Act. In addition, a document, Towards a World Family -A Report and
Recommendations Respecting Human Rights in New Brunswick, was referred to the
Committee for public hearings. The terms of reference were to inquire into,
study, and prepare a report including recommendations for legislative changes
on the following issues:
whether the current human rights
law conforms with the requirements of the Canadian Charter of Rights and
whether the orientation and scope
of the current law are appropriate to address problems and expectations in the
human rights area; the appropriate composition of the Human Rights Commission,
and the terms of office and functions of the body's Chairperson, Commissioners
whether the mandate of the Human
Rights Commission is adequate and appropriate;
whether the procedures and remedies
currently provided for human rights issues are adequate and appropriate; any
other issues regarding human rights or related matters considered significant.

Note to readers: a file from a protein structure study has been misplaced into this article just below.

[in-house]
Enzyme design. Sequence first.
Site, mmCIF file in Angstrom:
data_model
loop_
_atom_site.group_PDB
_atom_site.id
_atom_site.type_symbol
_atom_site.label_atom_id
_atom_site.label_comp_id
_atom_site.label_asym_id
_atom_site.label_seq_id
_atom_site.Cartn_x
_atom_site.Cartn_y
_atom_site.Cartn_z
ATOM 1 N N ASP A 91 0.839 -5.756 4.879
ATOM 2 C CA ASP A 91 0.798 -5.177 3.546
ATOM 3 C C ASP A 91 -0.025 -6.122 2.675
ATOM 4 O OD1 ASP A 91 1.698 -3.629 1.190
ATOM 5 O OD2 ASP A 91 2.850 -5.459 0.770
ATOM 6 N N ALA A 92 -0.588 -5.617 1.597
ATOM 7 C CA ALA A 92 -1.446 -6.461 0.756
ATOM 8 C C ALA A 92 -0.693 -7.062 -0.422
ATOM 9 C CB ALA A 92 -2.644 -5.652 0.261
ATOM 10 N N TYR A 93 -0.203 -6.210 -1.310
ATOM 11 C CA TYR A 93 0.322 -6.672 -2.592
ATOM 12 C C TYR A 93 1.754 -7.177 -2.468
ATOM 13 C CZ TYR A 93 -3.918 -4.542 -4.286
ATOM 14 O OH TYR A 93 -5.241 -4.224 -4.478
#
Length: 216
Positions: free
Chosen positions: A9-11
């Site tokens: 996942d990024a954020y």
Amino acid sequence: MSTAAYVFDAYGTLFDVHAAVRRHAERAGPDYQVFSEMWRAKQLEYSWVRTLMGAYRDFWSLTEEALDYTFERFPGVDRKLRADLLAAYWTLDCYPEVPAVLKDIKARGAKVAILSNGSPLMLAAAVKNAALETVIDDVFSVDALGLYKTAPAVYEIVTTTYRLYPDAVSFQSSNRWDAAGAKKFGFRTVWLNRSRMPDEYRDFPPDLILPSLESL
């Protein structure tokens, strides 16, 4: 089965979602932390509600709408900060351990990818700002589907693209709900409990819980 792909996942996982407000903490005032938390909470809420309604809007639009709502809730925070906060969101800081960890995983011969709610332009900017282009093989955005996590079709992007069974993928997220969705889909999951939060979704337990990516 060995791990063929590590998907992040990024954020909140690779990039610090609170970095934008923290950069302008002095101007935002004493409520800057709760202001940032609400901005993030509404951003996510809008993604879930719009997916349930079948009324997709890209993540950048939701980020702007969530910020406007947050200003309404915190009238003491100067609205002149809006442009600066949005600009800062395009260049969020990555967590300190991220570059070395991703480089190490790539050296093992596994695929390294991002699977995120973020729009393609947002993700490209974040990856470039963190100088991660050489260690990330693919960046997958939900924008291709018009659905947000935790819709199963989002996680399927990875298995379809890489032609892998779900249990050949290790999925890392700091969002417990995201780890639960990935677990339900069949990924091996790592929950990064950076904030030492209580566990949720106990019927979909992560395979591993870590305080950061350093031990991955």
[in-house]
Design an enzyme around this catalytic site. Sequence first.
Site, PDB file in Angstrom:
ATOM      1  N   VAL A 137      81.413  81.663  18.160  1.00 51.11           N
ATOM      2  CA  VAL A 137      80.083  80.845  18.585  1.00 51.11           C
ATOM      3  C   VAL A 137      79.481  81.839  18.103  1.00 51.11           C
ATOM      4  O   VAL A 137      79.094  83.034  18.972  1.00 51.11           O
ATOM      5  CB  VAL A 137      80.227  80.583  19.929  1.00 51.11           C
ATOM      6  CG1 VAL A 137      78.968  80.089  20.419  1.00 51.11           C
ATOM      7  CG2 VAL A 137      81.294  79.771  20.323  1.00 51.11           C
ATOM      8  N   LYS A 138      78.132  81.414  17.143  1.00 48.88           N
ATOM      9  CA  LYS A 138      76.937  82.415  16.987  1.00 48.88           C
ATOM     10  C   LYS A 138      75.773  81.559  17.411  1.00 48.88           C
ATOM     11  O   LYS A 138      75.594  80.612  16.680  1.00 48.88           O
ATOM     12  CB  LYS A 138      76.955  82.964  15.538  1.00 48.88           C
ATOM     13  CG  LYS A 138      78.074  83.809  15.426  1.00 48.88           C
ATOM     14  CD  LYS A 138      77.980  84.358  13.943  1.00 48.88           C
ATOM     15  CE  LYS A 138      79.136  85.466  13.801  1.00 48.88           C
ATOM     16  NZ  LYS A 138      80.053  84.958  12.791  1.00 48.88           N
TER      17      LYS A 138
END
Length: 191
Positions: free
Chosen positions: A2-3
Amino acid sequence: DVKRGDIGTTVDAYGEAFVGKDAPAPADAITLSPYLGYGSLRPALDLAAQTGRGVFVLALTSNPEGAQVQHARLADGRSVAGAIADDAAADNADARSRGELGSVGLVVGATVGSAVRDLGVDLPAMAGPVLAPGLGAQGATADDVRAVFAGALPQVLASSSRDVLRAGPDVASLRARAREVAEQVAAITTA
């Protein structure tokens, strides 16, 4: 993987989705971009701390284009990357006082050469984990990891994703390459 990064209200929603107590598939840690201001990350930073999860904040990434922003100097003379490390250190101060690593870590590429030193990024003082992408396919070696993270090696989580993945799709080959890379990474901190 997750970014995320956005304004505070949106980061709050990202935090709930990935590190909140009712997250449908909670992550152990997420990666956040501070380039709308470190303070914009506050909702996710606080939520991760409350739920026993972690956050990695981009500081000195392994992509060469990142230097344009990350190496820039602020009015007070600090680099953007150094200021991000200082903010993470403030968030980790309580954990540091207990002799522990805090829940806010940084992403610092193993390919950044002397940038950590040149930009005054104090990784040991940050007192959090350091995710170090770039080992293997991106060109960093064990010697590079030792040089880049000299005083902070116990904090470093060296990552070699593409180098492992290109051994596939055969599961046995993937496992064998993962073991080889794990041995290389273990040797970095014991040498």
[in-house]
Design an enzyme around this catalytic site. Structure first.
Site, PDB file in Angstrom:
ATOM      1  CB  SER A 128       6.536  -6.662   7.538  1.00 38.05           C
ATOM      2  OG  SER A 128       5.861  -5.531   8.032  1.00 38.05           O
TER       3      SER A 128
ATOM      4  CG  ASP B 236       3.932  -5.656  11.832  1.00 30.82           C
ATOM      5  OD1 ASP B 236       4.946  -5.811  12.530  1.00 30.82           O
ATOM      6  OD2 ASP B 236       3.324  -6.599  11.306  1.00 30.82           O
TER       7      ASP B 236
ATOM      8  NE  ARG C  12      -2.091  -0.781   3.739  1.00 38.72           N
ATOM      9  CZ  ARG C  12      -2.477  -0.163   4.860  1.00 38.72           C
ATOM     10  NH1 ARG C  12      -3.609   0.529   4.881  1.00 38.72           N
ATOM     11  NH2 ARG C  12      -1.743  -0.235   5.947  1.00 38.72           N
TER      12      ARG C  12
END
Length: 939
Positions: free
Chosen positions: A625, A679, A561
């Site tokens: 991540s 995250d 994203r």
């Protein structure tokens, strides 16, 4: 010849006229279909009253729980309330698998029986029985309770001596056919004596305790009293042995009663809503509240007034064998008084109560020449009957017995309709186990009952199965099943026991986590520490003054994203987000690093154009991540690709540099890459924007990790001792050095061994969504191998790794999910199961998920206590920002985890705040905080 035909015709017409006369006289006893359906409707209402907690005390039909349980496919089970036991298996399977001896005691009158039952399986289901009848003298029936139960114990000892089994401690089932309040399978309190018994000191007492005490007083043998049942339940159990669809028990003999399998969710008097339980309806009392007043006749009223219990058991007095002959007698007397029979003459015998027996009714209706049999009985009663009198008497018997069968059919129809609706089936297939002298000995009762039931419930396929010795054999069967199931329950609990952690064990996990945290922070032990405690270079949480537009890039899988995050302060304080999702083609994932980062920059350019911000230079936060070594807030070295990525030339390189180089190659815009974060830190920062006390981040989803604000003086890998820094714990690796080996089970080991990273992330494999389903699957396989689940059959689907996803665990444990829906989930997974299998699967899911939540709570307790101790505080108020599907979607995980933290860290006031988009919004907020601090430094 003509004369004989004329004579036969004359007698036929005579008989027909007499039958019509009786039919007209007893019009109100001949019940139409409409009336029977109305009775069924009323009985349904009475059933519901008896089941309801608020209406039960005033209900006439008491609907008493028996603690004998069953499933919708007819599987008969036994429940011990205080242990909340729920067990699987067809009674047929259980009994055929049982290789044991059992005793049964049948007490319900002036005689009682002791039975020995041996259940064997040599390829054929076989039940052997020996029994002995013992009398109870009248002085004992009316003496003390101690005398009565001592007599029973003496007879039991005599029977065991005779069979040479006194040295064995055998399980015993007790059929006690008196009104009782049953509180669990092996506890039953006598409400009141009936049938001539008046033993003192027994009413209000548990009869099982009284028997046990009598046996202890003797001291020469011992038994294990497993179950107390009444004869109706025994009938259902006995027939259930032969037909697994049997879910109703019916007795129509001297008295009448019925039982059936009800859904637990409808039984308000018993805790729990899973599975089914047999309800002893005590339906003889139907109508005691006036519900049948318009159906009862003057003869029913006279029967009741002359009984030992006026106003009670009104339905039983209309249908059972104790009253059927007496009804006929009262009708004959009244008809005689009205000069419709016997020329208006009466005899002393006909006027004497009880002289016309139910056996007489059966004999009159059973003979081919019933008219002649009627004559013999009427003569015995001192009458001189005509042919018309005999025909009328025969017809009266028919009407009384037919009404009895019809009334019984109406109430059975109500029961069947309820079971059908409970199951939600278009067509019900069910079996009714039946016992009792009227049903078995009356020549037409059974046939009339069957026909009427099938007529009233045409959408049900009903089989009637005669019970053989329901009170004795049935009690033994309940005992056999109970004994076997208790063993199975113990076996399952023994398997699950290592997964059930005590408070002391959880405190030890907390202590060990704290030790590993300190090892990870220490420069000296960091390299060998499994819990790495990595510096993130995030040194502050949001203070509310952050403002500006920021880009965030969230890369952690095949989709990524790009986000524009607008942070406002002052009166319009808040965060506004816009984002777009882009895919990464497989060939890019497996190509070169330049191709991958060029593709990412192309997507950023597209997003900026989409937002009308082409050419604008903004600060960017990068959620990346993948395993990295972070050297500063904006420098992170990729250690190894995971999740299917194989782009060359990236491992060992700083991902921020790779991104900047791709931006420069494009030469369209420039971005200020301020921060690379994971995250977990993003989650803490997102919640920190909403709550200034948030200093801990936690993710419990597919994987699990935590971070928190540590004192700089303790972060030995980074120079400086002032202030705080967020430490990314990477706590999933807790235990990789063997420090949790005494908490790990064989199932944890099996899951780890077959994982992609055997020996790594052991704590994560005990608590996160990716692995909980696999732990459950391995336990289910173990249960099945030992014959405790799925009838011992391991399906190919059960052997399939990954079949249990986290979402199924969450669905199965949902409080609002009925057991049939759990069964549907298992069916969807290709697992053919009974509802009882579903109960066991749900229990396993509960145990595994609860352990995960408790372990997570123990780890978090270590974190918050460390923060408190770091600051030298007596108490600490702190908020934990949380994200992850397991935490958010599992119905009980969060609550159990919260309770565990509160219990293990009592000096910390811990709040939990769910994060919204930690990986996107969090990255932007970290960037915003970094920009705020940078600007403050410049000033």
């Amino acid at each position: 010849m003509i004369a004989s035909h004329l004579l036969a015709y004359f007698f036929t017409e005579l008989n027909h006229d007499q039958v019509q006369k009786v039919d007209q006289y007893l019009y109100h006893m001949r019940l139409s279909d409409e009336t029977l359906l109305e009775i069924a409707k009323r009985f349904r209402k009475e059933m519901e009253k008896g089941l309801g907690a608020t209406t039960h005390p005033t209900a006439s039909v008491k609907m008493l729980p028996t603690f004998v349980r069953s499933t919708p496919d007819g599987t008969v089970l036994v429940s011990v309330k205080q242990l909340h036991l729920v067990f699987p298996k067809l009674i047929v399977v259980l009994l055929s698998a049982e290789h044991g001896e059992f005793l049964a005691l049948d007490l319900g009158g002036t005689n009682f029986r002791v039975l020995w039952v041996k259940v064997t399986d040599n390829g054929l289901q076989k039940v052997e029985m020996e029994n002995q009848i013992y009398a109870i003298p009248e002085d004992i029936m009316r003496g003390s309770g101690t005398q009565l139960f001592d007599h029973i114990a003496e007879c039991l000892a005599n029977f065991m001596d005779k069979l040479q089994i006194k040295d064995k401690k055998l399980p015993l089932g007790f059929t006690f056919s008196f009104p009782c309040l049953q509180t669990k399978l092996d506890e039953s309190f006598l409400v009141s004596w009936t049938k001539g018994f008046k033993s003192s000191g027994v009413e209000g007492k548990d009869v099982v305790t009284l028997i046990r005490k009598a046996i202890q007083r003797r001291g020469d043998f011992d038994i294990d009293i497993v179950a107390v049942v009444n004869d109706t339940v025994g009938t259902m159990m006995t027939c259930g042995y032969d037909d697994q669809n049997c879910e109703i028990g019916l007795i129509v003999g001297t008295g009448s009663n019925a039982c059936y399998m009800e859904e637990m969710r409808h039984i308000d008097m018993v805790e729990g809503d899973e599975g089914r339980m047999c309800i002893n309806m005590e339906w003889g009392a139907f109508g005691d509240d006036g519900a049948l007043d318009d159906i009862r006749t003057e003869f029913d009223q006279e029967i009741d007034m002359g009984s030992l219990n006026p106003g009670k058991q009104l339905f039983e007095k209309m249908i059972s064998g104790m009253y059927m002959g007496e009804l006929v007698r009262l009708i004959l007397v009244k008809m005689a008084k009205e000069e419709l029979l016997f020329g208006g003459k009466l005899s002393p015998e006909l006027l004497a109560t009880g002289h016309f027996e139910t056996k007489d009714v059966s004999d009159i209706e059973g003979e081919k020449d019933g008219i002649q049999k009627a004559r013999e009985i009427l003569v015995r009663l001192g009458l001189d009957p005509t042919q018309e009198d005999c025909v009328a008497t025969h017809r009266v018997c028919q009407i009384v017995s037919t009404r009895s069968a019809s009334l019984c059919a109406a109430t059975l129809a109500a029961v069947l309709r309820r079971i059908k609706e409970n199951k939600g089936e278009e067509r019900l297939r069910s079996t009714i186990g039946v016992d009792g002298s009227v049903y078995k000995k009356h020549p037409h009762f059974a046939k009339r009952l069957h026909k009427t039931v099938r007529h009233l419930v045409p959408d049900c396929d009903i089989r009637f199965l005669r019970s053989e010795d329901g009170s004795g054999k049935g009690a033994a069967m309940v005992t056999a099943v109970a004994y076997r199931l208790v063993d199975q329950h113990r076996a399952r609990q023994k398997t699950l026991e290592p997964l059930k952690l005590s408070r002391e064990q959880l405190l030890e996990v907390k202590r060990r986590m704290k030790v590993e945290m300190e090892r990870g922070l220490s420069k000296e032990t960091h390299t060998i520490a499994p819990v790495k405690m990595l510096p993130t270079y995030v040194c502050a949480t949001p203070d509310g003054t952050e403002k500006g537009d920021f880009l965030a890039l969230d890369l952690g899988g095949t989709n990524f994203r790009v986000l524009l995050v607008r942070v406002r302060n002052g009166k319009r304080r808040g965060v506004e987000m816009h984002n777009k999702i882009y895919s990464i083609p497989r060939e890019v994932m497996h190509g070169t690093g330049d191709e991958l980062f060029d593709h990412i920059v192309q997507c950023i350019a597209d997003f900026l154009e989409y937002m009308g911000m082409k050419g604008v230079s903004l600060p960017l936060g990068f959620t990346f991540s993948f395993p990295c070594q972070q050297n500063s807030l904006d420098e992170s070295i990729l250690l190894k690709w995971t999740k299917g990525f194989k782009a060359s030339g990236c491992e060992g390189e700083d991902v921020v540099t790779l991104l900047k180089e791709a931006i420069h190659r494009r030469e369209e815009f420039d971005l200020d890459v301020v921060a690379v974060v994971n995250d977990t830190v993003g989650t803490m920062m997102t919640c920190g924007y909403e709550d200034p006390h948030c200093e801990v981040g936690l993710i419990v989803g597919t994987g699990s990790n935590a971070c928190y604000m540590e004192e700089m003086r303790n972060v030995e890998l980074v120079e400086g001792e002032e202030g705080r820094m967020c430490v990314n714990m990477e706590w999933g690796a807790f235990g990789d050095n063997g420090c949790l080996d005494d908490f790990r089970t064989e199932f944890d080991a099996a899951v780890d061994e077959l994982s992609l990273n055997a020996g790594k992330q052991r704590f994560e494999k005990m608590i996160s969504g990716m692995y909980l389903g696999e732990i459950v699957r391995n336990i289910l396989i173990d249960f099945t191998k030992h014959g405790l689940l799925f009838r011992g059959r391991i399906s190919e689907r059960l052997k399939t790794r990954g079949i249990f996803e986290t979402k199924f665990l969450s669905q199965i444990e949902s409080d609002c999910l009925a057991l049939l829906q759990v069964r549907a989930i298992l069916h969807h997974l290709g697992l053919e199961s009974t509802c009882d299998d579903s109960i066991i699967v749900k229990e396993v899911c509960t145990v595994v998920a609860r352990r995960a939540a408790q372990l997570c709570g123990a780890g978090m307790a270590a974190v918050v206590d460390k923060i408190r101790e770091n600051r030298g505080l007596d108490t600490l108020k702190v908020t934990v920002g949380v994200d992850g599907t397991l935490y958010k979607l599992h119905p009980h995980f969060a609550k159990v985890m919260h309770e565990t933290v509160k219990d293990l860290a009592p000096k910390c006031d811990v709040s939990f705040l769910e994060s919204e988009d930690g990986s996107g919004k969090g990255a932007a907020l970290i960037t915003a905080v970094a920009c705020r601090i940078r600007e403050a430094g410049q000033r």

Public input will be sought with
regard to the subject matter of A Discussion Paper on the Right to Information
Act, which was referred to the Special Committee on Social Policy Development.
This paper provides background information, reviews the operation and
administration of the Act, compares similar legislation in other Canadian
jurisdictions, and recommends changes to both the legislation and
The document Private Woodlots:
Consideration for Future Action was tabled in the House November 1, 1990 and
referred to the Special Committee on Economic Policy Development. This document
elicited more than 200 responses from persons or associations who wished to
address this subject matter. The paper's terms of reference are to solicit
ideas and views of interested parties. This paper provides a summary of
studies, including numerous recommendations toward the rationalization of
forest policy and programs related to the private woodlot sector in New
The document incorporates a summary
of recommendations from the Private Woodlot Resources Study commissioned in
1981, as well as Framework for Action (1986), Recommendations Concerning
Regional Forest Management and Utilization on Private Woodlots in New Brunswick